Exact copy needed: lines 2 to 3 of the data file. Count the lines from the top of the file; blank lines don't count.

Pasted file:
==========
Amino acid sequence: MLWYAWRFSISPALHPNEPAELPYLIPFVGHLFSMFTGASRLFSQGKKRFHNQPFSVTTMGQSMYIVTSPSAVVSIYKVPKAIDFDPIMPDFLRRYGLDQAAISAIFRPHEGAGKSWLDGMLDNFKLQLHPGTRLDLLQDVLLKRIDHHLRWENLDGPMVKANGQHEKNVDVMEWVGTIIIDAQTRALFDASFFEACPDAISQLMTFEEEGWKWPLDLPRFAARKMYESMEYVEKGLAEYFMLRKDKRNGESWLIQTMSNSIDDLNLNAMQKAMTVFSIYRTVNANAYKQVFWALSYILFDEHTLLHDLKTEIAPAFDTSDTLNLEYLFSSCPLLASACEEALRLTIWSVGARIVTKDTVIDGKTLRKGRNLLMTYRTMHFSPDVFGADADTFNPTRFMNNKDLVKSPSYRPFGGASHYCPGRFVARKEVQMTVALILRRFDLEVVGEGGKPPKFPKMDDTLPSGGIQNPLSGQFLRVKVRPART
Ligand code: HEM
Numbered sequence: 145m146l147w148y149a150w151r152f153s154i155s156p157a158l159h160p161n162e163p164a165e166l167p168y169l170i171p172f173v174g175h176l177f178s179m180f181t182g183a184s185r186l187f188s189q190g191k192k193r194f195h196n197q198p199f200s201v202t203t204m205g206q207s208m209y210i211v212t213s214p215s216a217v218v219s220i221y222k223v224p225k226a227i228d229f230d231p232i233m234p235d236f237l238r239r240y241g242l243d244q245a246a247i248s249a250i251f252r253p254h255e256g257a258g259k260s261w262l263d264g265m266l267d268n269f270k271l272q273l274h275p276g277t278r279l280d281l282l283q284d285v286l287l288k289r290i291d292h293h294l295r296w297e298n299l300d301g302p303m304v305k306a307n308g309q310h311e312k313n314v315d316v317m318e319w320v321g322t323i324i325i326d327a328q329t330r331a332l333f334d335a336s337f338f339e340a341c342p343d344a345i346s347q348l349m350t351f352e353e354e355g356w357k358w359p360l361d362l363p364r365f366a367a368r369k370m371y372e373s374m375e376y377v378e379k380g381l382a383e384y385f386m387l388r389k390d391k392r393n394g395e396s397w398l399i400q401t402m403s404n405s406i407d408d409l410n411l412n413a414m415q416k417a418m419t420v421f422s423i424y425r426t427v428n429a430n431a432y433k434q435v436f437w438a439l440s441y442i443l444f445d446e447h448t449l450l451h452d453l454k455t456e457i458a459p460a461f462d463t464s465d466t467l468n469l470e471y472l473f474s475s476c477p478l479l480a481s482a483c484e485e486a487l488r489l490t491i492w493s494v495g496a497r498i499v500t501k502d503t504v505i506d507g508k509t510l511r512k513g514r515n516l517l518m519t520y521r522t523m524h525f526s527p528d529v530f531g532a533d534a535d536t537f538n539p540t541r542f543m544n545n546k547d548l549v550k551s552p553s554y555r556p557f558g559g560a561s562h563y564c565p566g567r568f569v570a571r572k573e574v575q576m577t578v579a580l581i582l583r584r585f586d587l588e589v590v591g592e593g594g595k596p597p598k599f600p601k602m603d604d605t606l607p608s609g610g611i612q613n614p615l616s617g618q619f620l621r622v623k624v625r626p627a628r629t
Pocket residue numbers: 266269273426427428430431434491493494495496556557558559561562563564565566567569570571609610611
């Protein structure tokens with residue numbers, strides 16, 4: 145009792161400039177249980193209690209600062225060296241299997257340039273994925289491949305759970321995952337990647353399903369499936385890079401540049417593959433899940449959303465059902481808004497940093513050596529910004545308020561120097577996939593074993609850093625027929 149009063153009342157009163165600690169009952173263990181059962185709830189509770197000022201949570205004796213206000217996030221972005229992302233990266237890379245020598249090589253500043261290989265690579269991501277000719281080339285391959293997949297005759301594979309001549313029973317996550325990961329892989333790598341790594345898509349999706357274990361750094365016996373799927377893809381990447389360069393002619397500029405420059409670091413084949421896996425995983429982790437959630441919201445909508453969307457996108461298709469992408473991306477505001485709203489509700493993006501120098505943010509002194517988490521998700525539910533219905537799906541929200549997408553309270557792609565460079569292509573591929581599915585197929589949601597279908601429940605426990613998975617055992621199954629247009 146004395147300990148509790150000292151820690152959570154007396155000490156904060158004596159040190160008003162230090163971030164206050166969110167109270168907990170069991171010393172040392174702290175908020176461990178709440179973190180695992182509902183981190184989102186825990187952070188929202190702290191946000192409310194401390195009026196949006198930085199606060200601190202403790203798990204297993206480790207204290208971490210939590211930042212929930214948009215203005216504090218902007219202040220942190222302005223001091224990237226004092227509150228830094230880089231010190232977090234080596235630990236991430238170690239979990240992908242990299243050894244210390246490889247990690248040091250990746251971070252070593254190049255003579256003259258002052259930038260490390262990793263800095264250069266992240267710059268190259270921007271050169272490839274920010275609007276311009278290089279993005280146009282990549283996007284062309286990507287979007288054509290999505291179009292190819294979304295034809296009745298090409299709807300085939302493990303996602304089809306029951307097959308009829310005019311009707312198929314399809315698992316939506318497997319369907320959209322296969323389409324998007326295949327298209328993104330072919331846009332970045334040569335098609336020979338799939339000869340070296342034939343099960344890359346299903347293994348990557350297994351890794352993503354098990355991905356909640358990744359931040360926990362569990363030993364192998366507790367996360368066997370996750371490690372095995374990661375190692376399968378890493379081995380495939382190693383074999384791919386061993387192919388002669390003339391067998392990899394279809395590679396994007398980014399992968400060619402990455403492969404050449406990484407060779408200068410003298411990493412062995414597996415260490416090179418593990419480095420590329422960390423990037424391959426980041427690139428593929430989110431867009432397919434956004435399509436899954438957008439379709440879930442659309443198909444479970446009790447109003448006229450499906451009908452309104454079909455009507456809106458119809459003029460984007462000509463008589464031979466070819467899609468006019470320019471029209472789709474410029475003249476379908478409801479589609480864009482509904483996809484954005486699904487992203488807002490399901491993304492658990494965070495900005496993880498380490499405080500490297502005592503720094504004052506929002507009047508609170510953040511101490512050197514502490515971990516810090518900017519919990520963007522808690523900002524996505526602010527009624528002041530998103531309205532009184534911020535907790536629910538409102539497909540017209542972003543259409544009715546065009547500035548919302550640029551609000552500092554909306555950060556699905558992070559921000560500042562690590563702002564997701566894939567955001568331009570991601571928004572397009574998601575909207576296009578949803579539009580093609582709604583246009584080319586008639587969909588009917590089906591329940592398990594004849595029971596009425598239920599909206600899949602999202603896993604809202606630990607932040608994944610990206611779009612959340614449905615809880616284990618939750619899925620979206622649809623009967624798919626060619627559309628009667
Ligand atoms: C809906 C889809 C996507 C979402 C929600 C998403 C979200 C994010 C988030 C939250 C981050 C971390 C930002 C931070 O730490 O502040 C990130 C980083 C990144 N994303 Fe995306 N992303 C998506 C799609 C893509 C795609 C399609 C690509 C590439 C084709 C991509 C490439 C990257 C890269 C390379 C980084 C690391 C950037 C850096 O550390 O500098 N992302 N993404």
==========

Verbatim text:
Ligand code: HEM
Numbered sequence: 145m146l147w148y149a150w151r152f153s154i155s156p157a158l159h160p161n162e163p164a165e166l167p168y169l170i171p172f173v174g175h176l177f178s179m180f181t182g183a184s185r186l187f188s189q190g191k192k193r194f195h196n197q198p199f200s201v202t203t204m205g206q207s208m209y210i211v212t213s214p215s216a217v218v219s220i221y222k223v224p225k226a227i228d229f230d231p232i233m234p235d236f237l238r239r240y241g242l243d244q245a246a247i248s249a250i251f252r253p254h255e256g257a258g259k260s261w262l263d264g265m266l267d268n269f270k271l272q273l274h275p276g277t278r279l280d281l282l283q284d285v286l287l288k289r290i291d292h293h294l295r296w297e298n299l300d301g302p303m304v305k306a307n308g309q310h311e312k313n314v315d316v317m318e319w320v321g322t323i324i325i326d327a328q329t330r331a332l333f334d335a336s337f338f339e340a341c342p343d344a345i346s347q348l349m350t351f352e353e354e355g356w357k358w359p360l361d362l363p364r365f366a367a368r369k370m371y372e373s374m375e376y377v378e379k380g381l382a383e384y385f386m387l388r389k390d391k392r393n394g395e396s397w398l399i400q401t402m403s404n405s406i407d408d409l410n411l412n413a414m415q416k417a418m419t420v421f422s423i424y425r426t427v428n429a430n431a432y433k434q435v436f437w438a439l440s441y442i443l444f445d446e447h448t449l450l451h452d453l454k455t456e457i458a459p460a461f462d463t464s465d466t467l468n469l470e471y472l473f474s475s476c477p478l479l480a481s482a483c484e485e486a487l488r489l490t491i492w493s494v495g496a497r498i499v500t501k502d503t504v505i506d507g508k509t510l511r512k513g514r515n516l517l518m519t520y521r522t523m524h525f526s527p528d529v530f531g532a533d534a535d536t537f538n539p540t541r542f543m544n545n546k547d548l549v550k551s552p553s554y555r556p557f558g559g560a561s562h563y564c565p566g567r568f569v570a571r572k573e574v575q576m577t578v579a580l581i582l583r584r585f586d587l588e589v590v591g592e593g594g595k596p597p598k599f600p601k602m603d604d605t606l607p608s609g610g611i612q613n614p615l616s617g618q619f620l621r622v623k624v625r626p627a628r629t